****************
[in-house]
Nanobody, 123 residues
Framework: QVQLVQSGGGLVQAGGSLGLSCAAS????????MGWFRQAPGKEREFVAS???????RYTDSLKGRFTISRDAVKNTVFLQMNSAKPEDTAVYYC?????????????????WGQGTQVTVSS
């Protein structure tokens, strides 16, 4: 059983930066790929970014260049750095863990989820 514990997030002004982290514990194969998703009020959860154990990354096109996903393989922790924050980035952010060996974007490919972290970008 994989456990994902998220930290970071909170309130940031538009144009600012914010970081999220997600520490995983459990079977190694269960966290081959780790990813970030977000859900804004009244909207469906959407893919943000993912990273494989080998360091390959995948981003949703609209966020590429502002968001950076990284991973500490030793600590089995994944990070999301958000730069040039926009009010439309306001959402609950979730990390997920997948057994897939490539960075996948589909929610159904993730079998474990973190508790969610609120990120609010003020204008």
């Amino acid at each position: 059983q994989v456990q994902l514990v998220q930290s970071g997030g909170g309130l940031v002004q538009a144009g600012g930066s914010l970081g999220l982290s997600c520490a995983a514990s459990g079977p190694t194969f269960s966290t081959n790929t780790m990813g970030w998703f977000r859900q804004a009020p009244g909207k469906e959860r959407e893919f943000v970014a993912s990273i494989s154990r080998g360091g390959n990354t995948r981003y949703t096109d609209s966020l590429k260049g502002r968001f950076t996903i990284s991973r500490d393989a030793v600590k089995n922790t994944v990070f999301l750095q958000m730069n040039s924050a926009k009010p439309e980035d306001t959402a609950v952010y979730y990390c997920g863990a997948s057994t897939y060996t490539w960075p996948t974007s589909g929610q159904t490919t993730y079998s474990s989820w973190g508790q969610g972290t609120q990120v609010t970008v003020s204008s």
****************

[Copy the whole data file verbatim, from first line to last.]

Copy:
[in-house]
Nanobody, 123 residues
Framework: QVQLVQSGGGLVQAGGSLGLSCAAS????????MGWFRQAPGKEREFVAS???????RYTDSLKGRFTISRDAVKNTVFLQMNSAKPEDTAVYYC?????????????????WGQGTQVTVSS
């Protein structure tokens, strides 16, 4: 059983930066790929970014260049750095863990989820 514990997030002004982290514990194969998703009020959860154990990354096109996903393989922790924050980035952010060996974007490919972290970008 994989456990994902998220930290970071909170309130940031538009144009600012914010970081999220997600520490995983459990079977190694269960966290081959780790990813970030977000859900804004009244909207469906959407893919943000993912990273494989080998360091390959995948981003949703609209966020590429502002968001950076990284991973500490030793600590089995994944990070999301958000730069040039926009009010439309306001959402609950979730990390997920997948057994897939490539960075996948589909929610159904993730079998474990973190508790969610609120990120609010003020204008």
């Amino acid at each position: 059983q994989v456990q994902l514990v998220q930290s970071g997030g909170g309130l940031v002004q538009a144009g600012g930066s914010l970081g999220l982290s997600c520490a995983a514990s459990g079977p190694t194969f269960s966290t081959n790929t780790m990813g970030w998703f977000r859900q804004a009020p009244g909207k469906e959860r959407e893919f943000v970014a993912s990273i494989s154990r080998g360091g390959n990354t995948r981003y949703t096109d609209s966020l590429k260049g502002r968001f950076t996903i990284s991973r500490d393989a030793v600590k089995n922790t994944v990070f999301l750095q958000m730069n040039s924050a926009k009010p439309e980035d306001t959402a609950v952010y979730y990390c997920g863990a997948s057994t897939y060996t490539w960075p996948t974007s589909g929610q159904t490919t993730y079998s474990s989820w973190g508790q969610g972290t609120q990120v609010t970008v003020s204008s």